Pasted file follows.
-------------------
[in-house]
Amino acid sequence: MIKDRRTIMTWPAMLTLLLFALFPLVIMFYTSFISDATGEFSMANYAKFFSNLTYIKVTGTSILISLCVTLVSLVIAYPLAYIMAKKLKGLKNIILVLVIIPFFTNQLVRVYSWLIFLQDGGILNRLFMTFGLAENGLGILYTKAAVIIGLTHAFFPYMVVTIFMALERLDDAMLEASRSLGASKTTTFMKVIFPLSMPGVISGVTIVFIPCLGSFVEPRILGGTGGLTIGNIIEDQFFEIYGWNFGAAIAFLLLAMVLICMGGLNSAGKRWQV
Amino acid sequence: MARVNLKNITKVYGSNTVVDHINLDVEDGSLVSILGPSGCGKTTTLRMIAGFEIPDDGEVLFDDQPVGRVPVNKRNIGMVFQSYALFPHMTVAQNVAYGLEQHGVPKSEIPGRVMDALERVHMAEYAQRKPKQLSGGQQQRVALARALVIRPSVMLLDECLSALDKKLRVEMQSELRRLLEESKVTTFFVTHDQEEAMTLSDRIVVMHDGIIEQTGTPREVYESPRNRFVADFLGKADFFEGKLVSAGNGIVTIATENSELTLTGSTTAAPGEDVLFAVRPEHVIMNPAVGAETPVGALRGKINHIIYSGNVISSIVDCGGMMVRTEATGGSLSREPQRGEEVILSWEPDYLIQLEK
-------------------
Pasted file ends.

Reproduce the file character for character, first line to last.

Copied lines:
[in-house]
Amino acid sequence: MIKDRRTIMTWPAMLTLLLFALFPLVIMFYTSFISDATGEFSMANYAKFFSNLTYIKVTGTSILISLCVTLVSLVIAYPLAYIMAKKLKGLKNIILVLVIIPFFTNQLVRVYSWLIFLQDGGILNRLFMTFGLAENGLGILYTKAAVIIGLTHAFFPYMVVTIFMALERLDDAMLEASRSLGASKTTTFMKVIFPLSMPGVISGVTIVFIPCLGSFVEPRILGGTGGLTIGNIIEDQFFEIYGWNFGAAIAFLLLAMVLICMGGLNSAGKRWQV
Amino acid sequence: MARVNLKNITKVYGSNTVVDHINLDVEDGSLVSILGPSGCGKTTTLRMIAGFEIPDDGEVLFDDQPVGRVPVNKRNIGMVFQSYALFPHMTVAQNVAYGLEQHGVPKSEIPGRVMDALERVHMAEYAQRKPKQLSGGQQQRVALARALVIRPSVMLLDECLSALDKKLRVEMQSELRRLLEESKVTTFFVTHDQEEAMTLSDRIVVMHDGIIEQTGTPREVYESPRNRFVADFLGKADFFEGKLVSAGNGIVTIATENSELTLTGSTTAAPGEDVLFAVRPEHVIMNPAVGAETPVGALRGKINHIIYSGNVISSIVDCGGMMVRTEATGGSLSREPQRGEEVILSWEPDYLIQLEK